garann means > totes profesh

a defunct web development blog

is it me or are we going backward?

Thu, 23 Feb 2012 17:33:17 +0000

Maybe it's just me, but it feels like lately diversity is falling out of fashion as a goal in this industry. I made a tweet seeking sponsors for All-Girl Hack Night's SXSW event earlier and was surprised by some of the responses. It seems like recent conferences have fewer female speakers, or are more defensive about having none at all.

I thought we were getting better? I thought we'd beaten the dead horse of Why It's Important To Make An Effort To Include Women and were now in the Fixing It stage? I thought we were safe not talking about this anymore? What the actual fuck, you guys.

Setting aside my dismay at the appearance of backsliding, let's revisit that imperative Why. Yes, we do need to actively seek out women and people of color as employees, contributors, speakers, and other participants in developer communities. We need to do this because:

So, yes folks, you need to seek out diverse participants in whatever your endeavor is. The excuse that you're choosing the best people regardless of gender or race is a fundamentally stupid argument. You've already ruled out more than half the population by targeting the population you're targeting when you target developers. If you want the best developers - not the people who best fit the good ol' boy developer archetype - you have to work harder, you have to look specifically for the people you know the industry will not automatically support. Women and people of color do not rise to the top level of this industry without someone acknowledging that they aren't white guys. I know people - women and people of color - who probably hate me for saying that. Sorry. But it does not matter how brilliant you are in this industry if you're not a white guy until someone in a position of power looks at you and chooses to look beyond your sex or the color of your skin. I want to throw shit when the best women in this industry make claims like, "I did it and if you were as good as me you could do it too" because it's not just about being good (nevermind that you shouldn't have to be literally the best of the best to get a seat at the table if you're not white and male). It sounds like people who inherited money telling poor people to work harder to change their circumstances. There's luck involved. At some point you had to be lucky enough to be noticed by an insider who took the time to realize you were brilliant. We're defending a system where achievement and recognition comes not from hard work and genius - merit - but from circumstance.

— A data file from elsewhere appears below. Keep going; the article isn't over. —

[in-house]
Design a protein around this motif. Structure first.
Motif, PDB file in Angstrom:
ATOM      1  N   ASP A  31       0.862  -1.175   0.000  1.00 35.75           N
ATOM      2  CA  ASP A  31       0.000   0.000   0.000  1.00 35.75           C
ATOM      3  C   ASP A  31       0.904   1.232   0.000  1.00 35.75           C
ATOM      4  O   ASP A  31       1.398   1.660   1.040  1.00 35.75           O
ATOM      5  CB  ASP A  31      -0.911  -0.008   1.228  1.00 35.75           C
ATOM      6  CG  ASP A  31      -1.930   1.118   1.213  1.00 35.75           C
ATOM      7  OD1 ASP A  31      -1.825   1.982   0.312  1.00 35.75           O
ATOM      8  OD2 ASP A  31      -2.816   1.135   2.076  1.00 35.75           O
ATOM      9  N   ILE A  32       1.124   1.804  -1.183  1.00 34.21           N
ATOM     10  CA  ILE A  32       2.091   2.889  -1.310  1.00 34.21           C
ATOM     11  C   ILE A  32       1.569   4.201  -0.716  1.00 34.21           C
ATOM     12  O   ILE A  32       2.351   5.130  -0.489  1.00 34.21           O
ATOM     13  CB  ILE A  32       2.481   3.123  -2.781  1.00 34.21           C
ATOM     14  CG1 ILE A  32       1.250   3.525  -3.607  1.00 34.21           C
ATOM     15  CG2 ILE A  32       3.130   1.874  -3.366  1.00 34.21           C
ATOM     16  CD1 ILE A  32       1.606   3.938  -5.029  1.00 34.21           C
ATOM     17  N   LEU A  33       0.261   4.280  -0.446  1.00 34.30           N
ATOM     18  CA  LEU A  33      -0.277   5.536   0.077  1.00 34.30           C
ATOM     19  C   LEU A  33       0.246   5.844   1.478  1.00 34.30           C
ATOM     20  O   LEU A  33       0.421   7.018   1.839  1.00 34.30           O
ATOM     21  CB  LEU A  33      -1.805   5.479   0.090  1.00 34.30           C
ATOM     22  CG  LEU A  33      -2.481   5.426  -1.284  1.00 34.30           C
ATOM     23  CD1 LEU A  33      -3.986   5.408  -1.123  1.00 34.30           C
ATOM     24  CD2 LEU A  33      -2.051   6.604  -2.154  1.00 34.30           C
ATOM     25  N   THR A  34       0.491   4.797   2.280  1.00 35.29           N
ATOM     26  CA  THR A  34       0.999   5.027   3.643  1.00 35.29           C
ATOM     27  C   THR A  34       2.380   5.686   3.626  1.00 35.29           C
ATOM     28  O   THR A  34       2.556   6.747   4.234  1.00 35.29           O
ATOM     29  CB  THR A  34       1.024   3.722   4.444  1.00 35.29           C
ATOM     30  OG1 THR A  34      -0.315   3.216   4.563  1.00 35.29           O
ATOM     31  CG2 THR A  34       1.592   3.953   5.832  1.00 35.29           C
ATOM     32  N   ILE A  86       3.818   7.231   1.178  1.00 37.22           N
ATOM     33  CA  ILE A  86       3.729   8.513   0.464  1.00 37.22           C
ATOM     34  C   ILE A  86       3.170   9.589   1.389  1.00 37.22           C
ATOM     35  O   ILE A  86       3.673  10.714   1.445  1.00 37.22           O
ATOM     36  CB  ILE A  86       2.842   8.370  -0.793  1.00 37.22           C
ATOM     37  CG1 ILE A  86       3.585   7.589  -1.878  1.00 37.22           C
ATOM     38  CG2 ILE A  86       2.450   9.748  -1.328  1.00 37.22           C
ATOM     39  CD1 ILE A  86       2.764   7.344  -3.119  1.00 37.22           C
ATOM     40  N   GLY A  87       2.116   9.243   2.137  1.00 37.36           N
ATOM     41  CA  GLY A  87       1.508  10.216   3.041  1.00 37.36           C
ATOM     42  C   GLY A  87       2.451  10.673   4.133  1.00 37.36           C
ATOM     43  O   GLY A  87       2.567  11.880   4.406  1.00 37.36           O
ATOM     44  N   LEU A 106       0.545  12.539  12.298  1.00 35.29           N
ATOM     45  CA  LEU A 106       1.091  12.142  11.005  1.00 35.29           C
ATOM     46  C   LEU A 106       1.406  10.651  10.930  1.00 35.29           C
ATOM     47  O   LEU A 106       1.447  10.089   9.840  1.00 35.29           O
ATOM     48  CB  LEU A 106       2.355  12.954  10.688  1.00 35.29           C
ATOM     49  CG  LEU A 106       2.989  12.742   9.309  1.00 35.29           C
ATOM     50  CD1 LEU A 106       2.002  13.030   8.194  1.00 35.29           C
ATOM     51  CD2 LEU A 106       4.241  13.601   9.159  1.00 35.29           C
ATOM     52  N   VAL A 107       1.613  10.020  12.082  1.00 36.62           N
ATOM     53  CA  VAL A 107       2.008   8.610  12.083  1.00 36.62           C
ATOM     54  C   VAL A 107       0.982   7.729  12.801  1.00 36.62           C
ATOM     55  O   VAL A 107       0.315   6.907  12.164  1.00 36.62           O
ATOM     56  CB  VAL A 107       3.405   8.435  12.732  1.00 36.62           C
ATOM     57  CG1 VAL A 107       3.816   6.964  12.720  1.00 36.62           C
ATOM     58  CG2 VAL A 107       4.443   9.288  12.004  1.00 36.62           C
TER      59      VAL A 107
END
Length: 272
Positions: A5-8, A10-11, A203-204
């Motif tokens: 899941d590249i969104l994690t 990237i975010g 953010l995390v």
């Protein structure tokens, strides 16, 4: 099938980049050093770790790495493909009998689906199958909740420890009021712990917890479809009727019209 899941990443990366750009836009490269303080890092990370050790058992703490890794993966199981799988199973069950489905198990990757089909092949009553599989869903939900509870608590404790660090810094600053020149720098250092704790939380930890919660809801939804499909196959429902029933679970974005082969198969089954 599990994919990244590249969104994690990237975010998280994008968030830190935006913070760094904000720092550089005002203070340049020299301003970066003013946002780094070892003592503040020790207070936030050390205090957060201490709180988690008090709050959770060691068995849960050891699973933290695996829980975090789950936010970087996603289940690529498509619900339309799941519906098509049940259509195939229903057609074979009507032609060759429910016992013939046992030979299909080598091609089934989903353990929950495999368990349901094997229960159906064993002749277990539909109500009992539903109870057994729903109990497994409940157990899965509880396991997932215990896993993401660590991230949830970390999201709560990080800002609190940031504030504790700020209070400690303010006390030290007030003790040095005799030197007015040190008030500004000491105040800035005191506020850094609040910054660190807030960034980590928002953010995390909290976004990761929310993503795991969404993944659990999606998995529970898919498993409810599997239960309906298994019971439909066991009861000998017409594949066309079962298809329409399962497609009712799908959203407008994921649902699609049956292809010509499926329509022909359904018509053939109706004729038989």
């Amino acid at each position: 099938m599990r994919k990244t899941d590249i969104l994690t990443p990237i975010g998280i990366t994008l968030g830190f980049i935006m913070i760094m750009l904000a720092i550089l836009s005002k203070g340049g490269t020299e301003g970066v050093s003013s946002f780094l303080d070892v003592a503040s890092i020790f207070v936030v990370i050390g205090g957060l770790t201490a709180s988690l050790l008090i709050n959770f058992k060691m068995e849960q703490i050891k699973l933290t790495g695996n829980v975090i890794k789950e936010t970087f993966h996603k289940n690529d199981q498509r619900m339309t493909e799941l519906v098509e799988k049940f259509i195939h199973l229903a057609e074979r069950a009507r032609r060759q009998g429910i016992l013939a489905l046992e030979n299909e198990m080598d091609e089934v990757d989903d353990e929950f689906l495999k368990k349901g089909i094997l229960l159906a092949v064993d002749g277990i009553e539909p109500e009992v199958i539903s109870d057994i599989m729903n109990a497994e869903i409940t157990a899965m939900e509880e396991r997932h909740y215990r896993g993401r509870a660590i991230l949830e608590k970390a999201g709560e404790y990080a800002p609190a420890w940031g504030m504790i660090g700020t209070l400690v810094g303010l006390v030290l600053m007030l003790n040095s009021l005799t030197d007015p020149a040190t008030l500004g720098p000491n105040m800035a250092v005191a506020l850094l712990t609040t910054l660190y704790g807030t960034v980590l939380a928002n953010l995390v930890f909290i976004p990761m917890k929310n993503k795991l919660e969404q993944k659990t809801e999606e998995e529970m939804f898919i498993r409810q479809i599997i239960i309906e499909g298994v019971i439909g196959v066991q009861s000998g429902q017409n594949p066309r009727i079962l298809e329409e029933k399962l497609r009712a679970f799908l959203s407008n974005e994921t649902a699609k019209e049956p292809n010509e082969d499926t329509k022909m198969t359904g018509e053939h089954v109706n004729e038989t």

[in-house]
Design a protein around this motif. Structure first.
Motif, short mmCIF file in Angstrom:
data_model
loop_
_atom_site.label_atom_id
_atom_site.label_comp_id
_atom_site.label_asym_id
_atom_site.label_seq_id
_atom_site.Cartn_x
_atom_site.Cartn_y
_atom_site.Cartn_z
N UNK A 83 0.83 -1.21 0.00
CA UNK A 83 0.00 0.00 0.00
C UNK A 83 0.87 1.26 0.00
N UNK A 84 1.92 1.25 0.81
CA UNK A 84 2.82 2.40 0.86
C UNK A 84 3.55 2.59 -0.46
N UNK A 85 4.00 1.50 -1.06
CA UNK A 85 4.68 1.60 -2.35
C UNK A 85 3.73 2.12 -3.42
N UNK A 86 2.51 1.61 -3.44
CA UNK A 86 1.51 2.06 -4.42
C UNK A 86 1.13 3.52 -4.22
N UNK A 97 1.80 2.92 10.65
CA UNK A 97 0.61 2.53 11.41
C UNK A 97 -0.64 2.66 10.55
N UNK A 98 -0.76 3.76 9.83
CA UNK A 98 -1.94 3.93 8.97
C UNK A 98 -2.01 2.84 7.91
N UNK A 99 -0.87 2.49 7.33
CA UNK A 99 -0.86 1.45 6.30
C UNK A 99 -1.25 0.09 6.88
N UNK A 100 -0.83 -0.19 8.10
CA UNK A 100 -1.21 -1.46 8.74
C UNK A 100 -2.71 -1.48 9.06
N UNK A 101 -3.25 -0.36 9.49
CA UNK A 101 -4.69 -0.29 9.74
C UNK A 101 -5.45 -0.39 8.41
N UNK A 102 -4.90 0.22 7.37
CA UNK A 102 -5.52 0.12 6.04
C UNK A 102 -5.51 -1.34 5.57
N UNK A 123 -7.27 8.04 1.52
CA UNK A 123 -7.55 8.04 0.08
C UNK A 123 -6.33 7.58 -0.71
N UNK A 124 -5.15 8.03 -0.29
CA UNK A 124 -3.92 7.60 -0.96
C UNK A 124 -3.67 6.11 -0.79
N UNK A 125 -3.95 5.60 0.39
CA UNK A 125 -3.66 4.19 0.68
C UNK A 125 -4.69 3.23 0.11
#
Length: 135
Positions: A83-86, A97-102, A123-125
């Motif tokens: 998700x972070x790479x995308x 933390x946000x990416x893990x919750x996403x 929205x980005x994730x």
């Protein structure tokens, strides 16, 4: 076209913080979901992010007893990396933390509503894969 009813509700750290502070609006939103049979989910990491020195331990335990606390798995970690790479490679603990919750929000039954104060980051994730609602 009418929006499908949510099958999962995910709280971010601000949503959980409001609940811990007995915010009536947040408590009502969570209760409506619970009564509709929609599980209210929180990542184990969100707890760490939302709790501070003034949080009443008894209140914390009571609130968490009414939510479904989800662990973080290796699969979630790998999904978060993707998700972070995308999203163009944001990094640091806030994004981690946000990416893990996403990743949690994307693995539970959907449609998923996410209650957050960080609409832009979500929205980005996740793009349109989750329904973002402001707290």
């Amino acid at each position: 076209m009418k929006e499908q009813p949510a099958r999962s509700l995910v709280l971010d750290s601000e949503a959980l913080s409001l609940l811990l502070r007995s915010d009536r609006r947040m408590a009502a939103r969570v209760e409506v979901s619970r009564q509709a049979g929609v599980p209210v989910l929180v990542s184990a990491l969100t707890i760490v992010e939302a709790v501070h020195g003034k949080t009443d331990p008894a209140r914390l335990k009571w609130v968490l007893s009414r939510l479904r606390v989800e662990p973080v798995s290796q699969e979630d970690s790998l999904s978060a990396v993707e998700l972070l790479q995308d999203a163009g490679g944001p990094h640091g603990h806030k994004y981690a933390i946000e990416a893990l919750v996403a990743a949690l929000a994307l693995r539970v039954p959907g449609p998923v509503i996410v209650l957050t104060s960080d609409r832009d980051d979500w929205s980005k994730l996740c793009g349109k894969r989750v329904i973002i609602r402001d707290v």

And before anybody says it, I want to address what I know is coming: "But women get more opportunities! They get considered before equally qualified men!"

1. You're whining about what's fair to a group of people who dominate this industry to the exclusion of anyone else? Really?

2. Women do get pushed to the front of the line. That's affirmative action, and affirmative action is the worst way of achieving balance, except for every other way that's been tried. Doing nothing has a 100% failure rate. Affirmative action is frequently the only way we see anyone who's not a white male in the next cubicle or on a stage or a list of core committers. Fucking sucks that we need it, but we are nowhere near the point where we can stop using it.

3. The assumption that if you have an equally qualified man and woman it's unfair for the woman to get preferential treatment is lulz. What entitles the man to be the default?

I'm sorry I'm being mean, but goddamn it, you guys. I'm sick of hearing this same tired bullshit, as though it occurred to no one to actually look the fuck around and see that this defensive attitude toward ignoring the fucking problem and hoping it goes away is making shit worse.